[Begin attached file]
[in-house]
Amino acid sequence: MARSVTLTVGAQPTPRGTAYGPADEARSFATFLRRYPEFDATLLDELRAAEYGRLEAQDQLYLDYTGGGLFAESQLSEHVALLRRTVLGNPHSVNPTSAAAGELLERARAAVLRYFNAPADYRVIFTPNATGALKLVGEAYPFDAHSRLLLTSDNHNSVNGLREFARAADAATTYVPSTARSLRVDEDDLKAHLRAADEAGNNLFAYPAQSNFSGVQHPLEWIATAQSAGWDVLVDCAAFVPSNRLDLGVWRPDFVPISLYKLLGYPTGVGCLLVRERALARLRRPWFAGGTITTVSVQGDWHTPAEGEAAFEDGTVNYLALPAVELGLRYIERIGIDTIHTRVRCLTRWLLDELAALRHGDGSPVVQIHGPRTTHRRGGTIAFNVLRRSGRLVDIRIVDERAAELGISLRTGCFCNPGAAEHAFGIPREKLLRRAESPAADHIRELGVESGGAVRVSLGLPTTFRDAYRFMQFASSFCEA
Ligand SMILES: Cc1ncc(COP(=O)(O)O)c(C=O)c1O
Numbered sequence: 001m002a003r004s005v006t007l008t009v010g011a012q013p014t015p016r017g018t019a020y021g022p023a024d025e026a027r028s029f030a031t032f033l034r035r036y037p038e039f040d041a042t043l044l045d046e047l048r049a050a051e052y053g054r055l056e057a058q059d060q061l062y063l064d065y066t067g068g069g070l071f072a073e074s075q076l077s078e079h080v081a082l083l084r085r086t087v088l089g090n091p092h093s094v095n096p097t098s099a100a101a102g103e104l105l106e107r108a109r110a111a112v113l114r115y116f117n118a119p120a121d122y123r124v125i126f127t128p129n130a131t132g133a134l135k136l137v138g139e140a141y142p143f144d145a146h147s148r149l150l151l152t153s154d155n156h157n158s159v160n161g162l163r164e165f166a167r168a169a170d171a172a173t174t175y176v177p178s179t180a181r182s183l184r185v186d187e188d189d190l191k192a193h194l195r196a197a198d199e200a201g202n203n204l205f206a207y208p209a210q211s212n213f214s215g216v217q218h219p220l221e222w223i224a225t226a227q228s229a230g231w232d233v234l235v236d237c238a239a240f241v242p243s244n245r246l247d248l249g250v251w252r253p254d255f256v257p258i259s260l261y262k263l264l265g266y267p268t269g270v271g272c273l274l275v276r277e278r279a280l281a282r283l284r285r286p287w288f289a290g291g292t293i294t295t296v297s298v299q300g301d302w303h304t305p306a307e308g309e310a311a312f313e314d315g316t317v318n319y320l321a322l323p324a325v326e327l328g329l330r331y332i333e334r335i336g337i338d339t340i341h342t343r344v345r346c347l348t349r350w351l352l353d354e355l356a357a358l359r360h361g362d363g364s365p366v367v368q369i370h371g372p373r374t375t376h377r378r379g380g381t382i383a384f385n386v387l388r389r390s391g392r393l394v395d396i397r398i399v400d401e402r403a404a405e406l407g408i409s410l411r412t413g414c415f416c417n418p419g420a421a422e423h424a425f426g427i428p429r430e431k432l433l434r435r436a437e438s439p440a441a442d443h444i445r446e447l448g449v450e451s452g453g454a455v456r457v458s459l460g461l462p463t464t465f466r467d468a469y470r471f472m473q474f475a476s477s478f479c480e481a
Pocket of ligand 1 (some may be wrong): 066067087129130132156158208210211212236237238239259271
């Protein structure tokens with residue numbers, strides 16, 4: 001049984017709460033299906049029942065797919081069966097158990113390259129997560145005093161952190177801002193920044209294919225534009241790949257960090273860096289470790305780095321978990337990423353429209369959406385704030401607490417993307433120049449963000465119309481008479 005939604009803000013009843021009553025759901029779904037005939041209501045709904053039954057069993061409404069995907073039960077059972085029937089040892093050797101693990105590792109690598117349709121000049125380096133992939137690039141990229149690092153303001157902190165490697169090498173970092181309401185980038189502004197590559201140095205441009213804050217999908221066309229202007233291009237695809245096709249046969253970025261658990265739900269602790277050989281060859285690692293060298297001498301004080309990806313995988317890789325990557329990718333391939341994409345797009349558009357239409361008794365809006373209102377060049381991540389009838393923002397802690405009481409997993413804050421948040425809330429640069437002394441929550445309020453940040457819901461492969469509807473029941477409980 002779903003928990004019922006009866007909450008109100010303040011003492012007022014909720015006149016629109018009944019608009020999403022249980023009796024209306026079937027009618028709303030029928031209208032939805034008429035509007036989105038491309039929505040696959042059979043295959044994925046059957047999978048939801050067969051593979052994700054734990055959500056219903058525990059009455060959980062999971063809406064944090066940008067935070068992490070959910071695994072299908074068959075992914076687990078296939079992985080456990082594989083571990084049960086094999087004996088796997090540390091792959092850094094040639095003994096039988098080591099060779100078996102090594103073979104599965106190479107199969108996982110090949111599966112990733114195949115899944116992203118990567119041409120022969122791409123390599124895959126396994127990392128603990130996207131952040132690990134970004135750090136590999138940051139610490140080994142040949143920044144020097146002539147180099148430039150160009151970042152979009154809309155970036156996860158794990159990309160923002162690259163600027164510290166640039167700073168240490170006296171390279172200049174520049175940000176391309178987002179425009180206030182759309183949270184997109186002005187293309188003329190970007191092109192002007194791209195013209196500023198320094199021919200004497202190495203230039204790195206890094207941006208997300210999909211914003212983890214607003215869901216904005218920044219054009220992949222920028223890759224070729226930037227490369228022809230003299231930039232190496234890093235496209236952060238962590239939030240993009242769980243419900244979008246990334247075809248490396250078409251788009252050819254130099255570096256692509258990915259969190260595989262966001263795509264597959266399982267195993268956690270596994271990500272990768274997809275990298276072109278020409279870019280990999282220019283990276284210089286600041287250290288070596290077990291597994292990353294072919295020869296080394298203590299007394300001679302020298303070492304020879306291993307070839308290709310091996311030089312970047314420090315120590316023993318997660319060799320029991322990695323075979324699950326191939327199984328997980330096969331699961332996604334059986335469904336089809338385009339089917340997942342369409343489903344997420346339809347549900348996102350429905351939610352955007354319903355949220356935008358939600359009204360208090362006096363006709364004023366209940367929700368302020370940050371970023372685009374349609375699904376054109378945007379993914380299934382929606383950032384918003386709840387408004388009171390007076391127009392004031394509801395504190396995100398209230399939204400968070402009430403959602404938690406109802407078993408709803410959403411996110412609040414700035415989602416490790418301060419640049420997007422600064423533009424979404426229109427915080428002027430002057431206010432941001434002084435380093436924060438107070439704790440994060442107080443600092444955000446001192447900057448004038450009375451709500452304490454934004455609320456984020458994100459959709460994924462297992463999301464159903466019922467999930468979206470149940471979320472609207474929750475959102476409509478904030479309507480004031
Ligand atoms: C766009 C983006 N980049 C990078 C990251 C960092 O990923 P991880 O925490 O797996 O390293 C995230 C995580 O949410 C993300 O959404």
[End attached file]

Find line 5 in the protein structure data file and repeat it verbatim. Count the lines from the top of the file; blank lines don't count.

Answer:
Pocket of ligand 1 (some may be wrong): 066067087129130132156158208210211212236237238239259271